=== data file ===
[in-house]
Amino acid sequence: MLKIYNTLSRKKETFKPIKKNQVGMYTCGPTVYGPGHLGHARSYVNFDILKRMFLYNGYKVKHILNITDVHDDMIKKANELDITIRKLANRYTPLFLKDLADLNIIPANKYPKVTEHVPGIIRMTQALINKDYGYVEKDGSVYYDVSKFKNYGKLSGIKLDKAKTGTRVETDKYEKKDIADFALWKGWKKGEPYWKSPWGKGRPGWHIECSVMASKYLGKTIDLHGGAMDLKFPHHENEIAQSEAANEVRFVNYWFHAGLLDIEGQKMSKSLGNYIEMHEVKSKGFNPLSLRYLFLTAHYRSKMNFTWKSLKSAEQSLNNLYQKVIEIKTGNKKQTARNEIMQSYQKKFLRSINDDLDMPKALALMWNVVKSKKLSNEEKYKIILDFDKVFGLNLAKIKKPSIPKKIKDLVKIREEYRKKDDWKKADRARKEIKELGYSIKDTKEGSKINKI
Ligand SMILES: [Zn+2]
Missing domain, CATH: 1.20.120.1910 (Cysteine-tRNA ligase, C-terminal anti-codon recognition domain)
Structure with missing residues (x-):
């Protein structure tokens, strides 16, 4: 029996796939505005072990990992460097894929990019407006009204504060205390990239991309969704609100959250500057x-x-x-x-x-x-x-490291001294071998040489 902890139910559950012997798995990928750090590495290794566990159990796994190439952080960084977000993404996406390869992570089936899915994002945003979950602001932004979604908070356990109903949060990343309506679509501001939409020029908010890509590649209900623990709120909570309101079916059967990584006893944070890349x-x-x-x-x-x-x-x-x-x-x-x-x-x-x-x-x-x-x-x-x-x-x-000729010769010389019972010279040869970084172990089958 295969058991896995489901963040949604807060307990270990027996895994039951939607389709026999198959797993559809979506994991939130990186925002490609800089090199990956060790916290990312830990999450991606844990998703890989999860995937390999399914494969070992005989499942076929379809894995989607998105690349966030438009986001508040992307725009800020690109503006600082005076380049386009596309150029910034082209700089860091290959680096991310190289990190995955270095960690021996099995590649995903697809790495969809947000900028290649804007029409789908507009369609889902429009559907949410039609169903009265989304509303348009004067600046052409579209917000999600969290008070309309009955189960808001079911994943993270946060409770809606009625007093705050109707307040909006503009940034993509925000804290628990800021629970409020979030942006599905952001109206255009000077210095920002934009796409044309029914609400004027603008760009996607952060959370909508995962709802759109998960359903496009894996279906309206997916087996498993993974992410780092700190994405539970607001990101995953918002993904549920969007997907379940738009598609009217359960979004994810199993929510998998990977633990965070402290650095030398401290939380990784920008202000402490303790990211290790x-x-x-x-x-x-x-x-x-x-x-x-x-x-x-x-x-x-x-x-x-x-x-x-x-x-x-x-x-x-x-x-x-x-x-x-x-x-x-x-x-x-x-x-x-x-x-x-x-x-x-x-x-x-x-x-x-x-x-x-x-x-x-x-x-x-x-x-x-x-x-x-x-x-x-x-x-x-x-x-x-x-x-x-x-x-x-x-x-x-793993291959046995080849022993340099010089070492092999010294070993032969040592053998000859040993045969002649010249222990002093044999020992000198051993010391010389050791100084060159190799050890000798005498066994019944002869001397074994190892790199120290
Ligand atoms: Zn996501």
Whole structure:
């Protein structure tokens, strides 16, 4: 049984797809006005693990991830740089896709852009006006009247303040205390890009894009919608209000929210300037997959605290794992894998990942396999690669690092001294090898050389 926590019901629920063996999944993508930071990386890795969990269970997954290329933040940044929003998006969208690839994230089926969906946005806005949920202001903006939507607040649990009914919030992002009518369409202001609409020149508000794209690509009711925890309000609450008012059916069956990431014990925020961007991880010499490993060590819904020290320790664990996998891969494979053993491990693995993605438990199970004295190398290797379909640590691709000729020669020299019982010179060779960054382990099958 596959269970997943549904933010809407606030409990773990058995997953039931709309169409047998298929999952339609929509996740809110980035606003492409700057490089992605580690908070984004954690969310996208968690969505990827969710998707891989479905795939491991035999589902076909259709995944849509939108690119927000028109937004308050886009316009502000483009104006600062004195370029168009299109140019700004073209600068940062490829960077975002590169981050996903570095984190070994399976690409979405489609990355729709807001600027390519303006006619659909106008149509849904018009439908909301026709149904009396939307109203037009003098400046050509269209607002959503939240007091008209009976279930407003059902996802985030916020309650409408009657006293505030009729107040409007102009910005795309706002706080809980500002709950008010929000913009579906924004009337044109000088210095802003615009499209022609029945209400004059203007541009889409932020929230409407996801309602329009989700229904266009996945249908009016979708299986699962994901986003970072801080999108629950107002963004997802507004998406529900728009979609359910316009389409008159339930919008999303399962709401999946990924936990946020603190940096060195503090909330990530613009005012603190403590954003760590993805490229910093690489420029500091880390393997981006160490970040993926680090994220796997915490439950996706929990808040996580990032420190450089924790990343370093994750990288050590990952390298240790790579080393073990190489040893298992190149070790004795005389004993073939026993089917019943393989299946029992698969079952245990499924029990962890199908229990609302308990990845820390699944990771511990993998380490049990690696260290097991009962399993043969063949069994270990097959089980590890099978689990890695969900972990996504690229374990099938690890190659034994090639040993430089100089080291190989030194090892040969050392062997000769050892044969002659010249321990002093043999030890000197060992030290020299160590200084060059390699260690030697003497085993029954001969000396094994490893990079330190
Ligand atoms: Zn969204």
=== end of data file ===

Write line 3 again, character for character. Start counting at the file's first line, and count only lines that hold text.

Ligand SMILES: [Zn+2]